How Long Should I Leave my Dissolvable Stitch Alone?
- Asked by Gail1962 in Bloomfield, New Jersey
- 2 years ago
My dissolvable stitches are starting to pop out, I have two so far. One has been exposed about 2 weeks now and PS said to just let it be. Now I have another one. It is white and pretty strong. I dont think I can pull it as it seems to have two ends sticking out so I assume its in a knot. Can these stitches leave holes? Should I insist that my PS remove them? Im sure I will start having others pop out. They are freaking me out. I am 4 weeks Tummy Tuck post op
Spitting Dissolvable Sutures Can Be Removed
There should not be a problem with you trimming or removing one or more of your dissolvable stitches which have spit. This happens not infrequently, especially when the knots of sutures have been placed very close to the skin. The sutures are obviously not holding tissue together if they have spit out.
Call your ps
Web reference: Http://www.wrmd.com
Disolvable sutures from a tummy tuck
It is very common for dissolvable sutures to work their way up to the skin and to start to come out! sometimes they cause inflammation points, similar to a pimple, at the site of exit. I recommend patients to jut cut the exposed part of the suture.
Web reference: Http://www.anewfigure.com
Dissolvable sutures protruding through skin
This is called suture spitting and is caused by deep sutures placed close to the skin or a localized reaction preventing the sutures from dissolving, therefore making them rise to the surface.
These can be easily fixed by your plastic surgeon. Generally speaking, if they are protruding beyond the skin edges I remove them. If they are visible but not sticking out, I try to leave them as I do not want to create a hole by tugging on the suture.
I hope this helps.
Web reference: http://www.drpaulgill.com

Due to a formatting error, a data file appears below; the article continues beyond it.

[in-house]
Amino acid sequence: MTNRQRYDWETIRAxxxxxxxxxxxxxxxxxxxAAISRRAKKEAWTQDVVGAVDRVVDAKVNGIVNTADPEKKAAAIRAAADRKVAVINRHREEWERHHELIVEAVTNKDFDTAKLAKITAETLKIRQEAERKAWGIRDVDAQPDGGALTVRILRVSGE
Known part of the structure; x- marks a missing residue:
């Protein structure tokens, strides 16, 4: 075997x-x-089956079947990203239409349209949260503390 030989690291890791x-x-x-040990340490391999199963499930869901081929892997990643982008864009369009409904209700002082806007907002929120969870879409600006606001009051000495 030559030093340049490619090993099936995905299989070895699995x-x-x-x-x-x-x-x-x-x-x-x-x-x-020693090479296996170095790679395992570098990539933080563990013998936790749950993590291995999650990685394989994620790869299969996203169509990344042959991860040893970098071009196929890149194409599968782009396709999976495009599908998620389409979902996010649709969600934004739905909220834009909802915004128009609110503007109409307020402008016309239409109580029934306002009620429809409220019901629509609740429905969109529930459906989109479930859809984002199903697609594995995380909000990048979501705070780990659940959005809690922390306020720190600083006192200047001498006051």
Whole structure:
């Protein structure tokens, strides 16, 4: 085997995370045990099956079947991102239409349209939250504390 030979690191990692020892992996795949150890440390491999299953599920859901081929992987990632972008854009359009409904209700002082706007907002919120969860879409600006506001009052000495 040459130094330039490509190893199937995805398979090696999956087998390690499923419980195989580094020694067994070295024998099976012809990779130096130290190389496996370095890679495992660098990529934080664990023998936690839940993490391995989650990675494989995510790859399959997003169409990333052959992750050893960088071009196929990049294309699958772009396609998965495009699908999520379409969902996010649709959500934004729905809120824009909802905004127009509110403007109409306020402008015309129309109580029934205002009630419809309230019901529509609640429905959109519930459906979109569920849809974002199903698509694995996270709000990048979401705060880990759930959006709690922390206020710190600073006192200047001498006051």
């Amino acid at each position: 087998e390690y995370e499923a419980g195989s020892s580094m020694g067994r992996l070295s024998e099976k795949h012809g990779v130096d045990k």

Remove spitting sutures
Spitting sutures can make for poor scars if left sticking through the skin. The wound was closed in several layers and it should not be a problem to remove the sutures that are poking through the skin after a few weeks. If you are "freaked out" I would recommend you have your surgeon remove them. If he won't ( I don't know why he would refuse) then cleanse your skin with an antibacterial soap like Dial or Lever, wipe with peroixide and have someone remove the sutures with small scissors that have also been cleansed. Where you see two ends pull up on one of them and cut one side only below the knot. Apply an antibiotic ointment and small bandage for a day or two.
Dissolvable sutures spitting
What you have are "spitting sutures" that can make their way to the surface. Usually by 3-4 weeks these sutures can be cut short or removed.
Stiches after tummy tuck
Don't worry, there is no reason to "freak out" since this is a common event after a tummy tuck with absorbable sutures. In most cases, the sites of the sutures heal fine. If this really bothers you, it is OK to ask your surgeon if they can be removed in the office.
Dissolvable Stiches after Tummy Tuck
The dissolvable stitches should dissolve but if they made their way out of your skin you shouldn't touch them. Always consult with your PS of when it will be best for him to remove them if they are still there. In some cases even after years post op, patients have seen them come out.
We call the phenomenon of sutures coming out like that spitting. Sometimes its due to the type of suture material and how your body chooses to deal with them, instead of absorbing them it is letting them out through the surface. The scar will slightly widen but don't worry, it will only be by a couple of milimeters at most. See your board certified PS for him to remove anything that comes up quickly.
Web reference: http://www.doctormeade.com
Dissolving sutures after tummy tuck
Dissolving sutures are the norm after tummy tuck, and most will remain under the skin and disappear after three weeks. Occasionally one or more may come to the surface, and when they do you surgeon should remove them in the office, both for comfort to you and better healing.
Best of luck,
Web reference: http://www.peterejohnsonmd.com
These answers are for educational purposes and should not be relied upon as a substitute for medical advice you may receive from your physician. If you have a medical emergency, please call 911. These answers do not constitute or initiate a patient/doctor relationship.